Today’s post comes from Steph Rogers, at She Said What?. Steph has had a big year with lots of changes, which she touches on in this post about her situation and children’s education. She is brave, courageous, stands up for what she believes in and still maintains a sense of humor despite it all. Welcome, Steph ~
I live in the outer suburbs of Sydney, Australia. I am gay, and my children attend the local Catholic school. This is not an easy position to be in, and it has thrown up many challenges, mainly ideological. But let me explain how we got here…
I can’t preface this by saying “I haven’t always been gay” because I believe that to be untrue. I believe I was born gay. More accurate would be the statement that I haven’t always known I was gay. When my children started at the Catholic school I had moved them from the local public school due to terrible bullying that was crushing my daughter’s soul. At the time I was married, had two children and was pregnant with my third, and was a practicing Catholic. My children are all baptized. The school seemed a good fit for us.
Then the realisation that I was gay crept in on me like a thief in the night, coming to steal my perfect life. My marriage broke down, and my ex-husband moved out. I am now in the somewhat ideologically opposed position of being a single gay parent with children at a Catholic school. But it still works for us. Let me tell you why.
All the things about the school that I loved before have not changed. The Principal is an amazing man and I am grateful that my children have him to look up to. The teachers are wonderful. The culture at the school is modeled on the motto “love one another” and they really live true to it. There have been no problems with bullying at this school, and all the children are so accepting and loving of one another that my children have felt nothing but loved and supported throughout this difficult time in their young lives. I also really do like the moral aspect of the Australian Catholic Education system. I like that my children are taught and asked to think about theology (and they are taught about other faiths too as part of the religious education curriculum). I like that the school requires and helps them to develop empathy, to show sympathy and to help others in need. I like that the very fact that they are receiving an education that requires them to think about deeper social, moral and emotional issues. I feel this gives them a depth and breadth of experience and helps develop a deeper moral character.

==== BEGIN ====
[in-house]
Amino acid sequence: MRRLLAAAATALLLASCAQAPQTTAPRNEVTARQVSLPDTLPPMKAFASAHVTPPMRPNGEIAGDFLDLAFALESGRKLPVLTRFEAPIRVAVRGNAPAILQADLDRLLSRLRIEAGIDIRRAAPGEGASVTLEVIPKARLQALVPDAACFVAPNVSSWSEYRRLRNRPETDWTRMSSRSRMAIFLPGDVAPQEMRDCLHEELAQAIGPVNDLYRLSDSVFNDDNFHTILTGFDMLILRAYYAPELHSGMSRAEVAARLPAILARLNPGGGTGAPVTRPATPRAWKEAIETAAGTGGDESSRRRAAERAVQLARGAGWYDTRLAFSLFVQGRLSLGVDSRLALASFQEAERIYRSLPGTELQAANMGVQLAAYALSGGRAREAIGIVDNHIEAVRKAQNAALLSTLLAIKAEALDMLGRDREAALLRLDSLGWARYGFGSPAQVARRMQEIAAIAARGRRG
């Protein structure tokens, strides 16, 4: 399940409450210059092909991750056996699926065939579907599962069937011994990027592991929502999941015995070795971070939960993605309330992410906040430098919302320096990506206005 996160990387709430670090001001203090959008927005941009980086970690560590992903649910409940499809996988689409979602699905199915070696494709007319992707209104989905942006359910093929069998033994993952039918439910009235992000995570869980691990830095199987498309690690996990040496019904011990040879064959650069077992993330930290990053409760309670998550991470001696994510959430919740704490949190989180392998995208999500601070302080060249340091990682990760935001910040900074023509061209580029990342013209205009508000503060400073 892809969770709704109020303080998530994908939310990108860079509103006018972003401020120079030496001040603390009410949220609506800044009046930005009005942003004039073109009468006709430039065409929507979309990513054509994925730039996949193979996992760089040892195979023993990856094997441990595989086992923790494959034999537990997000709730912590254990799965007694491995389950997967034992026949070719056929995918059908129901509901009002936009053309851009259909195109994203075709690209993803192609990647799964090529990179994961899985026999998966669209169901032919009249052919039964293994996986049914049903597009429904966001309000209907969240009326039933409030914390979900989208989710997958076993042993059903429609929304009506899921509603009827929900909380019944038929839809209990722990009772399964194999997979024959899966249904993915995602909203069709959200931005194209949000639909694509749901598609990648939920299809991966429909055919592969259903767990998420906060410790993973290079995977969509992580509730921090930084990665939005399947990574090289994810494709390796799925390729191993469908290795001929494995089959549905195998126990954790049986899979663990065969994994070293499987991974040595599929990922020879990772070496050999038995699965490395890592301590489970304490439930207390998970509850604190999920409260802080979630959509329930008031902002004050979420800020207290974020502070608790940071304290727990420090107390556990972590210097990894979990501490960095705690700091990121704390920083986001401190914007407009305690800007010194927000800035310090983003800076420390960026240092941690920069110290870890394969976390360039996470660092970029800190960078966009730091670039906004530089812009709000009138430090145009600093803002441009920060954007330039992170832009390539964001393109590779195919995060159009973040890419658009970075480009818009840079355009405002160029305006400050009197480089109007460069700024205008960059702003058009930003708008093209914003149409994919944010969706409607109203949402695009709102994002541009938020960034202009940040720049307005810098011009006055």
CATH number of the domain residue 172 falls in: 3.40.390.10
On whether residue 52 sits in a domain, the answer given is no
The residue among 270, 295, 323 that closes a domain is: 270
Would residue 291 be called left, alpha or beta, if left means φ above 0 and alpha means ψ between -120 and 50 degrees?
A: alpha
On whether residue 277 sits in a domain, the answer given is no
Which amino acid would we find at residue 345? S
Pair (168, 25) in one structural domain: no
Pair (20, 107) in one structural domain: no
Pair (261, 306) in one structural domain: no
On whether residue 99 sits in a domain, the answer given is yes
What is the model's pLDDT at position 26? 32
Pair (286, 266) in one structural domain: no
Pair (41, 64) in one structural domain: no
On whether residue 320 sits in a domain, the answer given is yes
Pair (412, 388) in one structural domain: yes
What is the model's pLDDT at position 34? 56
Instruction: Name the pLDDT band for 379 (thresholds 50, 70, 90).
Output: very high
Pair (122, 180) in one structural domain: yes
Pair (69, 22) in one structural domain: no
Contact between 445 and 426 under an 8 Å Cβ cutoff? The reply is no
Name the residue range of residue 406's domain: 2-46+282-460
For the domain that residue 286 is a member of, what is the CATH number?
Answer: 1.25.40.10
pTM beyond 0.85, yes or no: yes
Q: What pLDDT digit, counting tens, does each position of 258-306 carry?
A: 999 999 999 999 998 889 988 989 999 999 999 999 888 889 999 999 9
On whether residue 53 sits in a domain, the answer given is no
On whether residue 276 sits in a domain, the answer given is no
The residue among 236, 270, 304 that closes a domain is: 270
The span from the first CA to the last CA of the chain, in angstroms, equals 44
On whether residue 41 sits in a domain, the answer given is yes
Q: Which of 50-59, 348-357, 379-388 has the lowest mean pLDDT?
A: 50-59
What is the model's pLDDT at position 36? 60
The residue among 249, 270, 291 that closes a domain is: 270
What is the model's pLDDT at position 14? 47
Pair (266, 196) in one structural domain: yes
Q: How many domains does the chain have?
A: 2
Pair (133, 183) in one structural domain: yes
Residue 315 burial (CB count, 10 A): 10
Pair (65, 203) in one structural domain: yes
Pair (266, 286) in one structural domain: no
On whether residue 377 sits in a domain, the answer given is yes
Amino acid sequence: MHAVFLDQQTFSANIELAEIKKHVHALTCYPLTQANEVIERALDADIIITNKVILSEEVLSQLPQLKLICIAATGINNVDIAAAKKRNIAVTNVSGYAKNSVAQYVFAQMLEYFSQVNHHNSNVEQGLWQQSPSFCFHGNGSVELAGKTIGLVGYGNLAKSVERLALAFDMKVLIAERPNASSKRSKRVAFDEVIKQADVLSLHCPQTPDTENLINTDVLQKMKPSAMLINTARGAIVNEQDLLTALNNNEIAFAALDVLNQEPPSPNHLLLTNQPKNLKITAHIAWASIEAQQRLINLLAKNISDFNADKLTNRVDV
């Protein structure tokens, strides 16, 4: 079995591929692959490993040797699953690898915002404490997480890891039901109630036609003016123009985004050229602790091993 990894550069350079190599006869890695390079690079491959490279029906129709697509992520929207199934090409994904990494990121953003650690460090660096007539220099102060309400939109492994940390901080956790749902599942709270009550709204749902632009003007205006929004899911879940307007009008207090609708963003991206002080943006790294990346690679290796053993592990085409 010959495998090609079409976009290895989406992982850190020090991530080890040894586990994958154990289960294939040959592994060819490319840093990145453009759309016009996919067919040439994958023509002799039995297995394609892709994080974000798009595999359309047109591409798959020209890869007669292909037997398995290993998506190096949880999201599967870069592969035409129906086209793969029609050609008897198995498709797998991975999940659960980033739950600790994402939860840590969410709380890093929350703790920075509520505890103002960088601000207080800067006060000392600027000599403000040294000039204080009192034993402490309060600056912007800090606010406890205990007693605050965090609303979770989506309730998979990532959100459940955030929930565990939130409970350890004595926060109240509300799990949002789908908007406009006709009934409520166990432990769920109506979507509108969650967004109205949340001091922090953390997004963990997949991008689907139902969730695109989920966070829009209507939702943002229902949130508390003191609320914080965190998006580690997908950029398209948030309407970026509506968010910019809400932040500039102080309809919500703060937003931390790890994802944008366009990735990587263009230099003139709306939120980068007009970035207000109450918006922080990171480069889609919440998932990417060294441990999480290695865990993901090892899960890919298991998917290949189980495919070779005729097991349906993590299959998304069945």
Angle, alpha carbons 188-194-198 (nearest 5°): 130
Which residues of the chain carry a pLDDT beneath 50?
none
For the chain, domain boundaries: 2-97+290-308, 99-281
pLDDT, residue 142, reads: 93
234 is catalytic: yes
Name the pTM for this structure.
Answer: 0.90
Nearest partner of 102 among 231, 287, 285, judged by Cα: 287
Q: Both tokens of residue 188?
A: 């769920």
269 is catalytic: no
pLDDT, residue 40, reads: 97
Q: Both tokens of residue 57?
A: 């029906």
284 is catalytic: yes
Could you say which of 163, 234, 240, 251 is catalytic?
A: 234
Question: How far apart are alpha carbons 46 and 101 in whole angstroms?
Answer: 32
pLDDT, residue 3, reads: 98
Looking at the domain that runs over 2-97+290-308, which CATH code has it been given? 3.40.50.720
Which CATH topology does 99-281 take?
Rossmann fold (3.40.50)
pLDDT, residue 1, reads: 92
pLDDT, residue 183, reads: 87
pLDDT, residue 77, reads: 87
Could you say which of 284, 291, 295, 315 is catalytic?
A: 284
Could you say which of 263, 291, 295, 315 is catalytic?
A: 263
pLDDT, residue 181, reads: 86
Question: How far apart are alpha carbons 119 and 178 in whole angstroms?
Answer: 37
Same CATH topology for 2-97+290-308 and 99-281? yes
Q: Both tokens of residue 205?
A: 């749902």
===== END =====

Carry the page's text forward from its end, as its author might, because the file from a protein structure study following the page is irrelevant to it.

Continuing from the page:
I have needed to address some ideological issues with my children. They asked me if I was going to hell because I am gay. I told them no. I explained the difference between “the Church” as an institution and “faith”. They understood. Children are amazingly capable if you give them a chance. I told them that I believe that as long as I am a good person and I live my life the best way I know how, with the body, mind and heart that God has given me, I will not be going to hell. Note that God gave me a gay body, mind and heart. I have to live my best life within that framework.
On a personal level I am unsure as to whether I still believe in my faith. I think I have lost most of it with recent realisations that who I am makes me somehow unworthy. It is difficult knowing that I am (as far as I am aware) the only gay parent at the school. It is hard to cope with the stares and judgement of others. But I hold my head high. As I said, I must live the best life I know how. I will keep you updated as to how I resolve my own questions of faith. I have yet to work through that crisis completely.
I do make sure to balance my children’s religious education with a more rounded view of society. I point out that there are other religions. That different people believe different things and that’s OK. That some people are even atheist and don’t believe in any life after death, and that’s OK too. I tell them that when they are older they must make their own choices about what to believe according to what sits best with them and in their own lives.
But for now all I can say is that when I was growing up I always found great comfort in my faith during hard times. I am seeing the same thing in my children now. They will “talk to God” about their problems when they can’t sleep at night, which is effectively like a ‘dear diary’ but without the pen. I always did the same. It is now that they need continuity in their lives. They have had enough change. I may very well have made a different decision about their schooling if I had known then what I know now, but I didn’t I don’t regret my decision to send them to that school. As I said they have been wonderfully well supported through what for them has been quite a traumatic time. So they will stay at their Catholic school, and I will try to balance their education with a broader view of society. I will lead by example and show my children that it’s OK to question your faith. But for now, this is the best school for my children, and I plan on leaving them there for the immediate foreseeable future, because although it’s hard on me on a personal level, I have to put their needs first. That’s what parents do, and despite everything else I will always be their mother.